SPLASh currently supports cylindrical recording chambers with a user-definable inner and outer diameter. When describing the location of an electrode track within a recording chamber, one has to indicate how far one has to move either left or right and/or forward or backward when starting at the center of the recording chamber. By default, SPLASh defines “forward” to be the direction of the positive Y axis after having applied the rotation defined by the elevation and tilt angles. The “forward” direction in the recording chamber (marked by a black line in 3D visualizations of the chamber), corresponding to the upward direction of the grid used for defining the location of electrode tracks in the SPLASh user interface (see Figure 8), is therefore given by the vector The user can change the orientation of this coordinate system by defining a rotation angle with respect to the default orientation (“Grid orientation” in Figure 8).
Finding the Intersection between a Cylinder and the Brain Nodes
Caret stores brain models as a set of nodes with associated coordinates. Identifying the set of nodes that can be reached from a particular recording chamber or from a particular location in a recording chamber, potentially with depth constraints, always requires finding the intersection between a cylinder in 3D space and the brain volume. We use the ANN library (see above) to conduct these searches. This is accomplished by performing a series of searches along an electrode trajectory to find points with a maximum distance from the search points. The radius of these initial searches is chosen larger than the radius of the cylinder and the search points are spaced appropriately in order not to miss any nodes inside the cylinder. Each node that is returned by these initial searches is tested to determine if it is inside the search cylinder or not.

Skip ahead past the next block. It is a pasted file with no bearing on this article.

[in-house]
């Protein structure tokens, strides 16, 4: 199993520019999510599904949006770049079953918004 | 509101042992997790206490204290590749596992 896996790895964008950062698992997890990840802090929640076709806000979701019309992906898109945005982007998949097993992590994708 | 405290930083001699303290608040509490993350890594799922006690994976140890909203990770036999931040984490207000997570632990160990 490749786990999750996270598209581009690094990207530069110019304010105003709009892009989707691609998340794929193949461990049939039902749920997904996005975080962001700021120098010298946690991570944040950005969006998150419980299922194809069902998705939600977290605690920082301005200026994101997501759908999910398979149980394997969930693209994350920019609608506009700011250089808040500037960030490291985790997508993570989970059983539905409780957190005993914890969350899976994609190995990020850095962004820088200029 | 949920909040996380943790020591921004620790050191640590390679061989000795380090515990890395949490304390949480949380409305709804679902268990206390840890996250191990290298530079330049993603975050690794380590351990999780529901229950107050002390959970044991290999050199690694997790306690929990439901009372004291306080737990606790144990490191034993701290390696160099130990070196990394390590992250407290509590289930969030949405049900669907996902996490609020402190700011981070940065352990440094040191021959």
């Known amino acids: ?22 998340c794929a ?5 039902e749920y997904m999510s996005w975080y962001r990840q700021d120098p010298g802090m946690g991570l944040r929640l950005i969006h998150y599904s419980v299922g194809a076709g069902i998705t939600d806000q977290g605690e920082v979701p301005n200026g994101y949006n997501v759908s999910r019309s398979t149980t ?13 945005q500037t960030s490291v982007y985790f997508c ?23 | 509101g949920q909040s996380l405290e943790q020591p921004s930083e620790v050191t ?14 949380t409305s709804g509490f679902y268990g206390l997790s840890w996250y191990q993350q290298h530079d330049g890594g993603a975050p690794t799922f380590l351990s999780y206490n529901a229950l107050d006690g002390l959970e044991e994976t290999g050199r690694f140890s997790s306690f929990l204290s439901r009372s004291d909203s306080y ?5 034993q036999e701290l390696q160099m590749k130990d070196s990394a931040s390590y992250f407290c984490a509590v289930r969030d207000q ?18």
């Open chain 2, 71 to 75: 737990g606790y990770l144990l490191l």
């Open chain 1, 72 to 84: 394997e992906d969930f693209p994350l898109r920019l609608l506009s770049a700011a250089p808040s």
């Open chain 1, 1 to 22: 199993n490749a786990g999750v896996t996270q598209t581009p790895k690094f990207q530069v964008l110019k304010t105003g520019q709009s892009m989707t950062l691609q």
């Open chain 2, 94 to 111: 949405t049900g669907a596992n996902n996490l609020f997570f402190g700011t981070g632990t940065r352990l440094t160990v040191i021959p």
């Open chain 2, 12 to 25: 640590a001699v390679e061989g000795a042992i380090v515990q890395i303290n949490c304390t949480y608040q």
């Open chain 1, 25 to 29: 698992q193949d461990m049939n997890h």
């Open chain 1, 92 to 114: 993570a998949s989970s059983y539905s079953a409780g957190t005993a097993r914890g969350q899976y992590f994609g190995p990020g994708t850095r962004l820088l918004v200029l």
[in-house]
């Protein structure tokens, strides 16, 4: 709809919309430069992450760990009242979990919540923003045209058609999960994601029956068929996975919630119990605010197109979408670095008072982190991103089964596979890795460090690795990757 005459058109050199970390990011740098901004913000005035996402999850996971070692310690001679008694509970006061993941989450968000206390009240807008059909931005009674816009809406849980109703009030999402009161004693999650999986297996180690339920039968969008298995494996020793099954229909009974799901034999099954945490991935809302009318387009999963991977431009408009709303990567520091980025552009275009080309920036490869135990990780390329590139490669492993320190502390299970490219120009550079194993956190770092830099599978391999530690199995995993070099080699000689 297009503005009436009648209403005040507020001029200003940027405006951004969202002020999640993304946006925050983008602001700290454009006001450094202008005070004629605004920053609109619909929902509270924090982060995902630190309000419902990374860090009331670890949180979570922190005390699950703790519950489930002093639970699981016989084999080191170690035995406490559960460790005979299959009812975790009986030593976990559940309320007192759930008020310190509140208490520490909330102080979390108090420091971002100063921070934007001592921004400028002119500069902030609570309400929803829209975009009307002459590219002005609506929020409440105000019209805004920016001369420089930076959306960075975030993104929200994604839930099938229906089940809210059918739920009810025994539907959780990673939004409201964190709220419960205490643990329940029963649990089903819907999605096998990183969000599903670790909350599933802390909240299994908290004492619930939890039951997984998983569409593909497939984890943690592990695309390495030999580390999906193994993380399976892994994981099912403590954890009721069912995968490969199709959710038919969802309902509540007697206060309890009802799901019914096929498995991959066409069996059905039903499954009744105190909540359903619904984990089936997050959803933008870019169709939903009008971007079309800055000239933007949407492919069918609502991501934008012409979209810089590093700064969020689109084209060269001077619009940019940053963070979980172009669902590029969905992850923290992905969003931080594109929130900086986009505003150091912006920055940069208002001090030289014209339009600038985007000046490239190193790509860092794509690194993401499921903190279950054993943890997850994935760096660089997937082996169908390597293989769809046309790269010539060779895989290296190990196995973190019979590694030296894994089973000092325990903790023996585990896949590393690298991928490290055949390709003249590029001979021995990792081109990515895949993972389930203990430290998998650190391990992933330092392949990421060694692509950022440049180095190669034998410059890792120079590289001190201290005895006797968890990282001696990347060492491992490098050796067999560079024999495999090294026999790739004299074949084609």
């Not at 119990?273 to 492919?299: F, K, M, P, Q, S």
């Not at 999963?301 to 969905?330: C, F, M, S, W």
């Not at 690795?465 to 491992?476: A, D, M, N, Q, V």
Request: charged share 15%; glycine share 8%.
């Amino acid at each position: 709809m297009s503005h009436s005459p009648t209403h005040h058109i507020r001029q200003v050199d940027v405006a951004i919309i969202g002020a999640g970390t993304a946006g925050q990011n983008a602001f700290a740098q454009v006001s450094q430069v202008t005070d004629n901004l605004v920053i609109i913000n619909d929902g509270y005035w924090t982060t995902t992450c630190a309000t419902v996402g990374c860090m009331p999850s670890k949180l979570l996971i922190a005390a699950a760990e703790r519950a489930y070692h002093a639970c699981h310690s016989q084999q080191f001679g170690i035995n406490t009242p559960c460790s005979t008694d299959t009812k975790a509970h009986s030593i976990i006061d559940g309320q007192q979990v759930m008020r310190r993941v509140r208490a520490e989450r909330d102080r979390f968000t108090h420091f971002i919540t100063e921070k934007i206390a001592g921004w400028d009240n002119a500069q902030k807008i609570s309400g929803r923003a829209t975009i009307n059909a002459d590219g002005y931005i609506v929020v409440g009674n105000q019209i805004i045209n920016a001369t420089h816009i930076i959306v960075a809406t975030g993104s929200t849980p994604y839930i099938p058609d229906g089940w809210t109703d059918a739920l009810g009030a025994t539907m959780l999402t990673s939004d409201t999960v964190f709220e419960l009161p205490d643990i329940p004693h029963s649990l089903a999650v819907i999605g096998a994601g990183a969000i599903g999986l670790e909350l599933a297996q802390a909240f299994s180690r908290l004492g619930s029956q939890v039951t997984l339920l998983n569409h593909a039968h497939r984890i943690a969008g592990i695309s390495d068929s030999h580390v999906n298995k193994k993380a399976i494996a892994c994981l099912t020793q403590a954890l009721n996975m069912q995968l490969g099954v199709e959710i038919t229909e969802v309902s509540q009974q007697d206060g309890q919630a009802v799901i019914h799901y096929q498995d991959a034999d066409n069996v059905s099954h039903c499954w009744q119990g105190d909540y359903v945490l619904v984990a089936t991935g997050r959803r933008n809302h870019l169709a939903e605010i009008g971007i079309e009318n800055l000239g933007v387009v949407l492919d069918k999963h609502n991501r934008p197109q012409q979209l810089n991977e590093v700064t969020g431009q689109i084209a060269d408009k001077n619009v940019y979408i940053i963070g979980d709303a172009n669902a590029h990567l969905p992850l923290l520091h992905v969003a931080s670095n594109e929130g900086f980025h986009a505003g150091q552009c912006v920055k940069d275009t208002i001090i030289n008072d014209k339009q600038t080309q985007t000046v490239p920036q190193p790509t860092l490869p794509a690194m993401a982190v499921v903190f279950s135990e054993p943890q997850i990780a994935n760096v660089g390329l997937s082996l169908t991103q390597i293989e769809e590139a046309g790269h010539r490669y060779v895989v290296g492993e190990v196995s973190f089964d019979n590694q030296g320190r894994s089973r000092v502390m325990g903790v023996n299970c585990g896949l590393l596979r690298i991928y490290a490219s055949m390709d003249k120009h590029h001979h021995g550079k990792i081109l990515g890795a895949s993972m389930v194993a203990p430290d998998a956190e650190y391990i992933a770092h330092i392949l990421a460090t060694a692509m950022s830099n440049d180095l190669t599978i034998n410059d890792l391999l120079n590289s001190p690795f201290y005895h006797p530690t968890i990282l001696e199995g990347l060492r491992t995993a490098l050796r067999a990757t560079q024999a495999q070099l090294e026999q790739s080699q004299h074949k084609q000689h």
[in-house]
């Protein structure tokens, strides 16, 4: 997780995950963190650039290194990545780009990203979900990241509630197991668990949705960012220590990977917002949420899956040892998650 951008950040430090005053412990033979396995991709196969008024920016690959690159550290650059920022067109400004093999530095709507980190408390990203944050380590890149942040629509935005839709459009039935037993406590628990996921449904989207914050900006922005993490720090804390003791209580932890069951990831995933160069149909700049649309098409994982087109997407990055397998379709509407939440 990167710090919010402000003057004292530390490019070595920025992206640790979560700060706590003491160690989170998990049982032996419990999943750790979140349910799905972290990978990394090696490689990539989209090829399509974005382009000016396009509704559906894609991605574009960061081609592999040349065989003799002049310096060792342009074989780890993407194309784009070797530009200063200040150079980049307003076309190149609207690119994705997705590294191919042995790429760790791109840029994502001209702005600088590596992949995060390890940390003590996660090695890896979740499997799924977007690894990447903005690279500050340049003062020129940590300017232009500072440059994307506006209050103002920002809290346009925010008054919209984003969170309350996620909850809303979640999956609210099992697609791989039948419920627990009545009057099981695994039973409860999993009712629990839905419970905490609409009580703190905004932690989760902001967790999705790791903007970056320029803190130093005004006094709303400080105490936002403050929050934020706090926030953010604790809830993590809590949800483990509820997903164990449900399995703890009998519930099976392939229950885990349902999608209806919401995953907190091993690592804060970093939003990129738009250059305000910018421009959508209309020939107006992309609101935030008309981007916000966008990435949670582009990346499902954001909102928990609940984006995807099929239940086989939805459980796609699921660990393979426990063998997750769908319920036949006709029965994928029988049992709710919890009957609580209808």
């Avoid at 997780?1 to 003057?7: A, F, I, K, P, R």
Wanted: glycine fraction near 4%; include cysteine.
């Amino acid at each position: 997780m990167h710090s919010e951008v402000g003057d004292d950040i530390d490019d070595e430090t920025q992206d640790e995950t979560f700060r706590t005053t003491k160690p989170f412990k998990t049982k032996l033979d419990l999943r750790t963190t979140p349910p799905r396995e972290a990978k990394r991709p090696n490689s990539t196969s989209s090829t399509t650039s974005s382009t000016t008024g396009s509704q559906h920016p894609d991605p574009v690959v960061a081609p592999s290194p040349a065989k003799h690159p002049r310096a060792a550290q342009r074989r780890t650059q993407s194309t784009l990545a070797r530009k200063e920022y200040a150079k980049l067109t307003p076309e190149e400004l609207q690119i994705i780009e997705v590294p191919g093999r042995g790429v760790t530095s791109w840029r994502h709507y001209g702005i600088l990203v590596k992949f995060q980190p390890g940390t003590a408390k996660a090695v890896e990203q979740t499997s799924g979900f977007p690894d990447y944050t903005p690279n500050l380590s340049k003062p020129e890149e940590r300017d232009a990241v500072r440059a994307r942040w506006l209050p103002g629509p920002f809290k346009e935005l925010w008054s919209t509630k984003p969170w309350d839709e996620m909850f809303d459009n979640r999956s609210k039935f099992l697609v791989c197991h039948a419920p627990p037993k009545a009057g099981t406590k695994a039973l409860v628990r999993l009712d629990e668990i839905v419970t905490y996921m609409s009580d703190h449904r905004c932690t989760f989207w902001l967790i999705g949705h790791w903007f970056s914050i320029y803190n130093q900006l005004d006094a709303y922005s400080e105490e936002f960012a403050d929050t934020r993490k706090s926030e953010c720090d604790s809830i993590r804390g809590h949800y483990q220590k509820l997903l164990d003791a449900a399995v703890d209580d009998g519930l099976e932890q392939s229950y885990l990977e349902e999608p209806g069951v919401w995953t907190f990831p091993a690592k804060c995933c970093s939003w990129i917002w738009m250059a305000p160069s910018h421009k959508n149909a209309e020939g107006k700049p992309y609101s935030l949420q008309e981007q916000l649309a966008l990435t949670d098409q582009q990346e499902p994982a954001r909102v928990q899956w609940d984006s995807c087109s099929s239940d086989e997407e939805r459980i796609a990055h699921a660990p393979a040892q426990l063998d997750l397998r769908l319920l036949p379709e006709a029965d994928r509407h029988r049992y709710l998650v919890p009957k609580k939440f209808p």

Availability of SPLASh
SPLASh can be downloaded for free from “http://systems.ucdavis.edu/splash/splash.html”. At the time of this writing it is only available for the Linux platform, but it works well in virtual machines. In addition to the software tool itself, the web page also provides a modified version of the macaque cortex atlas in ear bar-referenced stereotactic coordinates with everything added that is required to use it in SPLASh. Please check the web page for information on availability for other platforms, tested distributions, and virtual machines, etc.